• If you keep putting one foot in front of the other, you’ll look back in 3/5/10 years and be amazed at what you’ve accomplished.
objectives
Objectives
  • Introduce concepts and tools for leading in times of change.
  • Help you begin to:
    • See a path from surviving to thriving; and
    • Plan ways to get on that path.
reflective thinking questions
Reflective Thinking Questions
  • What do we do well as an organization? What do I do well as a leader?
  • Where do we need to improve as an organization? Where do Ineed to improve as a leader?
  • Where can I get support when things get rough? How can I support others when things get rough for them?
  • What do I want my legacy to be?
  • What 2-3 concrete things can I do when I get back to my county/team?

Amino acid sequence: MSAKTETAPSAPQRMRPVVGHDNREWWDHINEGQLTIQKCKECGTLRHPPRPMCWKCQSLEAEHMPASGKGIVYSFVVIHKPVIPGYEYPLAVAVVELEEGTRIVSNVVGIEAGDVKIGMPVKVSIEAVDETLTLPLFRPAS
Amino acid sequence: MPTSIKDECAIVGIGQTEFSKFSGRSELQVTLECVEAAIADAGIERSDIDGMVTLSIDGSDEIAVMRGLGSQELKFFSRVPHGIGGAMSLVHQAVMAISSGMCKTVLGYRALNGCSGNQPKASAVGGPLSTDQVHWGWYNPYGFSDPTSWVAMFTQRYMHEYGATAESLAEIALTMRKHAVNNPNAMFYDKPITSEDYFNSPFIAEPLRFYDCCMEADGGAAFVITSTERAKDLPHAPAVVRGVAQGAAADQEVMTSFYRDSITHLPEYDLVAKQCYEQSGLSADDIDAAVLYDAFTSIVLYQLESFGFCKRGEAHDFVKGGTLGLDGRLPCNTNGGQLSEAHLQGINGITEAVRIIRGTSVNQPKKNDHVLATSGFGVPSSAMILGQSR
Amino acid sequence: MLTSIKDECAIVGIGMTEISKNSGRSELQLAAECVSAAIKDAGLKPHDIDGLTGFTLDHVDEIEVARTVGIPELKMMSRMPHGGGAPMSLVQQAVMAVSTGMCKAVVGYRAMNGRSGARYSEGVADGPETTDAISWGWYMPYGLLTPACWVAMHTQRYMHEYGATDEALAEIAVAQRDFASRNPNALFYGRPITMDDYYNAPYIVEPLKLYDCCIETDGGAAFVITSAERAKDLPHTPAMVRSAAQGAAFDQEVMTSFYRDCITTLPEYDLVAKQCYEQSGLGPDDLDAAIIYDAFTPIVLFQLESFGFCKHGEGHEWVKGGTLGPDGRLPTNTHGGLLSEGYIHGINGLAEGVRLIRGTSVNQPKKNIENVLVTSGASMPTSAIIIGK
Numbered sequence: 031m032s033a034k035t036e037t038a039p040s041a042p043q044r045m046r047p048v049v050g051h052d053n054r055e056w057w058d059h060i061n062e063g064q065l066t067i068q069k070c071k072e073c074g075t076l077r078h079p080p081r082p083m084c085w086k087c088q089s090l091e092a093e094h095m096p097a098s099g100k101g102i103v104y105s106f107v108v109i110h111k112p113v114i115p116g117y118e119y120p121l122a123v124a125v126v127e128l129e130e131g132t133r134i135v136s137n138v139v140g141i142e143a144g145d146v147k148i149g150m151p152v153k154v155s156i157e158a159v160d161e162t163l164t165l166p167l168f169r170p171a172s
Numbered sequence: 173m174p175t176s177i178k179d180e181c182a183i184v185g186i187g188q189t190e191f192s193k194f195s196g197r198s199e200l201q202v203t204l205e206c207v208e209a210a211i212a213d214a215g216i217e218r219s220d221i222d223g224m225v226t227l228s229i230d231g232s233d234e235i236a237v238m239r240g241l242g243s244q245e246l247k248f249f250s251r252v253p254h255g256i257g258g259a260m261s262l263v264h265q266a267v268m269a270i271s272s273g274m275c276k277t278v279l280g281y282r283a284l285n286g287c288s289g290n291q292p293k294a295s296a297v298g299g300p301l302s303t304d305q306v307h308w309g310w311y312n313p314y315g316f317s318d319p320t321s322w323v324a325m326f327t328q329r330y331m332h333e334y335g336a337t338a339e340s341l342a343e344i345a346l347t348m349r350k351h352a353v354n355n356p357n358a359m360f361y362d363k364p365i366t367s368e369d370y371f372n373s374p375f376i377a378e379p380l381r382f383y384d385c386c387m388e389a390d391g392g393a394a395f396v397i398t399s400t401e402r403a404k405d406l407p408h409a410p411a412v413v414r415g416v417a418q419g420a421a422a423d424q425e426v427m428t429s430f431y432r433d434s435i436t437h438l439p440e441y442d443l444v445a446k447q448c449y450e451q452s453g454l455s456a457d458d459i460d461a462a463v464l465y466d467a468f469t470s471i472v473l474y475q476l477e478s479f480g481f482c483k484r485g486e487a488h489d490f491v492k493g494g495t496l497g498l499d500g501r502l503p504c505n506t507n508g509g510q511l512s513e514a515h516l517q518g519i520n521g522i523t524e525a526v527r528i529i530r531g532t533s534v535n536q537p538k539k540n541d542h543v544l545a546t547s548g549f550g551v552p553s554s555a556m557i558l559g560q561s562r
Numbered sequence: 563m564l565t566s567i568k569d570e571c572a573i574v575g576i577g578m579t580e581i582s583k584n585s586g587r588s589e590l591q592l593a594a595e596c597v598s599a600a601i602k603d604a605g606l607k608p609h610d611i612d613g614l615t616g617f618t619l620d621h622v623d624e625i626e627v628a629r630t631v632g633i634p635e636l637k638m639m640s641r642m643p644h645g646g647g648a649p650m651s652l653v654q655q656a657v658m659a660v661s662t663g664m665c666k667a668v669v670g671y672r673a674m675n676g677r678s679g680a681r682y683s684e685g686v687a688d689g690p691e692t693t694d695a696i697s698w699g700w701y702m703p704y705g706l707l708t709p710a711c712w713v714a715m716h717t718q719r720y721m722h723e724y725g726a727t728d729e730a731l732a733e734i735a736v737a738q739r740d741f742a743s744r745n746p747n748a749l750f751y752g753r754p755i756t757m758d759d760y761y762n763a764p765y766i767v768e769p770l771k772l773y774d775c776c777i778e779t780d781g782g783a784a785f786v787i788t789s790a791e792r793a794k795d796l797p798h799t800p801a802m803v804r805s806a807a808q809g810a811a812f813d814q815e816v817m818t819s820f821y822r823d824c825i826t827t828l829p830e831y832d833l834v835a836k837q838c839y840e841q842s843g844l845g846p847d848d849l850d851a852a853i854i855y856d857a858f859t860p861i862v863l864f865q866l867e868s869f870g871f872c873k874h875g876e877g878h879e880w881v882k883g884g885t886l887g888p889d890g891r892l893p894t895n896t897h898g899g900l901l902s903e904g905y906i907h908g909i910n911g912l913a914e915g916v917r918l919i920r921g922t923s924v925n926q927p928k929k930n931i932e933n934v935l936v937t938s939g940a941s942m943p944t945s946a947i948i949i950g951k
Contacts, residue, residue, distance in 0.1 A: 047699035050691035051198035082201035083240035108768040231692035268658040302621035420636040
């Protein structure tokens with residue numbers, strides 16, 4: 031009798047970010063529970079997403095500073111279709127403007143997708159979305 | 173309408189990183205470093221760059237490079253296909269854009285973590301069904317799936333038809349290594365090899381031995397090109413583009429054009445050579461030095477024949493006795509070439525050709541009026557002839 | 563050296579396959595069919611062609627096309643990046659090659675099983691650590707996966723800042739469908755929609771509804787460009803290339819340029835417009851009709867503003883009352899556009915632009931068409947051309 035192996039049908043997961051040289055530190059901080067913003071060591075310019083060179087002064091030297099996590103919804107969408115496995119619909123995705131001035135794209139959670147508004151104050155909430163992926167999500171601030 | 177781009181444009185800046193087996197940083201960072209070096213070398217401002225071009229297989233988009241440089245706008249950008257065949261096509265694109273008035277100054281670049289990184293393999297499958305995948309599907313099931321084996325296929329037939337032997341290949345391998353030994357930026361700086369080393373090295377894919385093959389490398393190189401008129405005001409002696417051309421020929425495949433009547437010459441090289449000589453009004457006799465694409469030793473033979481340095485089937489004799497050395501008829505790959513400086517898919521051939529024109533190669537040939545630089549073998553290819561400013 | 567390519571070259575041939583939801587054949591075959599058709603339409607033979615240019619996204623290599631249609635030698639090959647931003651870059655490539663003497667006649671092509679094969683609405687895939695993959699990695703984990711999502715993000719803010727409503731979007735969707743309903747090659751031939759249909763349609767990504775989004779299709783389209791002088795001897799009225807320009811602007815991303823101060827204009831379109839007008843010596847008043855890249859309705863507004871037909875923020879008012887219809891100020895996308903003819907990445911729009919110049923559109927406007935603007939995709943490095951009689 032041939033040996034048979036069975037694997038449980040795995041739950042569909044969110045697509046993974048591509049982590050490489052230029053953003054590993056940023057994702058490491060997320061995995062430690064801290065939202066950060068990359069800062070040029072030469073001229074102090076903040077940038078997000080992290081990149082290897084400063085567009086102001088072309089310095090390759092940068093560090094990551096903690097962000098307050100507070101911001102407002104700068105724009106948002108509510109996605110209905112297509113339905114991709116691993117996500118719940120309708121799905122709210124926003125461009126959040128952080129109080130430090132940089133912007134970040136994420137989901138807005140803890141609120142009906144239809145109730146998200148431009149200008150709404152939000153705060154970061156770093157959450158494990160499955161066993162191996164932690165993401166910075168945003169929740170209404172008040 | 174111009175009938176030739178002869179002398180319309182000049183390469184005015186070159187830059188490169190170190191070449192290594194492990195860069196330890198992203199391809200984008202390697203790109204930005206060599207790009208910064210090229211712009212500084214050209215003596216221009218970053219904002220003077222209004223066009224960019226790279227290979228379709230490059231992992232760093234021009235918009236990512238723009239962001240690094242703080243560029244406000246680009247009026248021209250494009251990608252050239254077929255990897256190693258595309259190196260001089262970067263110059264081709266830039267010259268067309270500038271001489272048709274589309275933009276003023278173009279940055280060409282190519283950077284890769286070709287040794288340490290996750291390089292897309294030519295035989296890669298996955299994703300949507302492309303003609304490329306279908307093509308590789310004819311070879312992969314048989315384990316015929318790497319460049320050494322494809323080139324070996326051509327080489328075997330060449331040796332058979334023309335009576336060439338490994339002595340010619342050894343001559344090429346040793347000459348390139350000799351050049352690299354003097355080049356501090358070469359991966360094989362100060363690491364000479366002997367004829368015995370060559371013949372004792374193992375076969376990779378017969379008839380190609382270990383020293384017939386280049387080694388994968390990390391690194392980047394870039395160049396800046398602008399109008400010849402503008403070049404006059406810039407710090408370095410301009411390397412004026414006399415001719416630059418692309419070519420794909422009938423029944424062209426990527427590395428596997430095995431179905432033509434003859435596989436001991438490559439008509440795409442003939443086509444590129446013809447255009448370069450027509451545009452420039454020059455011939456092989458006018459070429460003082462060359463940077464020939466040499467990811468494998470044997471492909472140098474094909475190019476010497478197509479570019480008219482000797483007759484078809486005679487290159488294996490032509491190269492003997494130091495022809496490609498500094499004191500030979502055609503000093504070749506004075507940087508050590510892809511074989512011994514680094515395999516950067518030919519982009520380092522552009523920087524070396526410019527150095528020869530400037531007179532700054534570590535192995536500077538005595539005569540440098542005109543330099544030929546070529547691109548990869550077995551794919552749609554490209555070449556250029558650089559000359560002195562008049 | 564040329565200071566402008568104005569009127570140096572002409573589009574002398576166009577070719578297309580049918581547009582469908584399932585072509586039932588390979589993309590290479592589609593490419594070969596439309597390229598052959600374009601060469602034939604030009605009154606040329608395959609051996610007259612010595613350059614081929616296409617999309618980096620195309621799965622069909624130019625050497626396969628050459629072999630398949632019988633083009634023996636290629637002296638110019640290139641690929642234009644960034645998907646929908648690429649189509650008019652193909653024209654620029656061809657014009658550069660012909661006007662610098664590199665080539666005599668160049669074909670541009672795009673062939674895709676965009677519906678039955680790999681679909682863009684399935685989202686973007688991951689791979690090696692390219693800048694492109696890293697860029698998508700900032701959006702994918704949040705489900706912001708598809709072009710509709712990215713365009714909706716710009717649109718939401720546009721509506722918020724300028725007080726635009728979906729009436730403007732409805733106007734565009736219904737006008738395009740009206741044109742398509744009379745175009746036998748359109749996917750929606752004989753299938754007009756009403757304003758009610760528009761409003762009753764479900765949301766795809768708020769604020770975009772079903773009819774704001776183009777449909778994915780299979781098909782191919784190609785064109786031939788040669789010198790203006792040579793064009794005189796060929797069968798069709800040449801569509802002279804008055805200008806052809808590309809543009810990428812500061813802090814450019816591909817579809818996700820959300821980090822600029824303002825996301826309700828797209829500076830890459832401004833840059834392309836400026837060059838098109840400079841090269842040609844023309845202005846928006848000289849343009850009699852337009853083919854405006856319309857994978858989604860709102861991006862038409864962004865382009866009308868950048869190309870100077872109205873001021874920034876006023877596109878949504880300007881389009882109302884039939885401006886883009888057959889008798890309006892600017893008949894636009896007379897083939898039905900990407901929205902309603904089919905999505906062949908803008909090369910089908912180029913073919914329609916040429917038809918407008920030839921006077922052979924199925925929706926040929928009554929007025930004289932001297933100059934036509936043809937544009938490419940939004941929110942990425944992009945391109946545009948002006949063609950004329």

sources examined
Sources Examined
  • Adaptive Leadership literature
  • Tools from practitioners
  • Direct experience in leadership, management, consulting

Overcoming Trauma

selected sources literature
Selected Sources - Literature

Fullan, M. (2001). Leading in a Culture of Change. San Francisco, CA. Jossey-Bass.

Heifetz, R. and Linsky, M. (2002). Leadership on the Line – Staying Alive Through the Dangers of Leading. Harvard Business School Press.

Heifetz, R., Linsky, M., and Grashow, A. (2009). Practice of Adaptive Leadership. Harvard Business School Press.

http://www.aphsa.org/content/dam/aphsa/pdfs/Innovation%20Center/2012-06-Art-of-Possible-Adaptive-Leadership-PolicyPractice.pdf

http://innovationcenter.aphsa.org/content/dam/aphsa/pdfs/Innovation%20Center/2013-04-Pursuit-of-Adaptive-Leaders-in-All-Levels-PolicyPractice.pdf

http://www.forbes.com/sites/travisbradberry/2012/11/09/leadership-2-0-are-you-an-adaptive-leader/

Overcoming Trauma

selected sources practitioners
Selected Sources - Practitioners

American Public Human Services Association. (2009). Positioning Public Child Welfare Guidance: Leadership Guidance. Retrieved from http://www.ppcwg.org/.

APHSA Adaptive Leadership Toolkit (DRAFT 1-13-2014)